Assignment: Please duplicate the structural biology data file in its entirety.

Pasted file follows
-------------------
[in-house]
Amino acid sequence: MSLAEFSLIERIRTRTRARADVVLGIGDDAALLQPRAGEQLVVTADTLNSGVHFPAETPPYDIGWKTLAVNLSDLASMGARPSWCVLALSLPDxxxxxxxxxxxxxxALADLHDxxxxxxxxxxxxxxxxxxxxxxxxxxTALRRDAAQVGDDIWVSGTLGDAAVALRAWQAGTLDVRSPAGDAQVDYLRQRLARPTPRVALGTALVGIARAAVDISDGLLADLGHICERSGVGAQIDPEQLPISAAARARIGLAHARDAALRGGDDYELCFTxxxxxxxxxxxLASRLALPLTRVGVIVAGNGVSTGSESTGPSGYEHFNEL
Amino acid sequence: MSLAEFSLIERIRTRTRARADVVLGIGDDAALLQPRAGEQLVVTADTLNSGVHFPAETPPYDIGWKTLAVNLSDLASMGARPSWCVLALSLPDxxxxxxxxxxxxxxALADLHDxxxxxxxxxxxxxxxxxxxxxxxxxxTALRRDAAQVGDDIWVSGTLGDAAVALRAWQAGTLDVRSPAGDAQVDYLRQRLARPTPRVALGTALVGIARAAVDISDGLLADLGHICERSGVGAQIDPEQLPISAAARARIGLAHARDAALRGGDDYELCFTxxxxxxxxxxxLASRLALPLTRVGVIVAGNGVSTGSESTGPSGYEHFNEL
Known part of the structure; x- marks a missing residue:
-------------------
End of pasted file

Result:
[in-house]
Amino acid sequence: MSLAEFSLIERIRTRTRARADVVLGIGDDAALLQPRAGEQLVVTADTLNSGVHFPAETPPYDIGWKTLAVNLSDLASMGARPSWCVLALSLPDxxxxxxxxxxxxxxALADLHDxxxxxxxxxxxxxxxxxxxxxxxxxxTALRRDAAQVGDDIWVSGTLGDAAVALRAWQAGTLDVRSPAGDAQVDYLRQRLARPTPRVALGTALVGIARAAVDISDGLLADLGHICERSGVGAQIDPEQLPISAAARARIGLAHARDAALRGGDDYELCFTxxxxxxxxxxxLASRLALPLTRVGVIVAGNGVSTGSESTGPSGYEHFNEL
Amino acid sequence: MSLAEFSLIERIRTRTRARADVVLGIGDDAALLQPRAGEQLVVTADTLNSGVHFPAETPPYDIGWKTLAVNLSDLASMGARPSWCVLALSLPDxxxxxxxxxxxxxxALADLHDxxxxxxxxxxxxxxxxxxxxxxxxxxTALRRDAAQVGDDIWVSGTLGDAAVALRAWQAGTLDVRSPAGDAQVDYLRQRLARPTPRVALGTALVGIARAAVDISDGLLADLGHICERSGVGAQIDPEQLPISAAARARIGLAHARDAALRGGDDYELCFTxxxxxxxxxxxLASRLALPLTRVGVIVAGNGVSTGSESTGPSGYEHFNEL
Known part of the structure; x- marks a missing residue: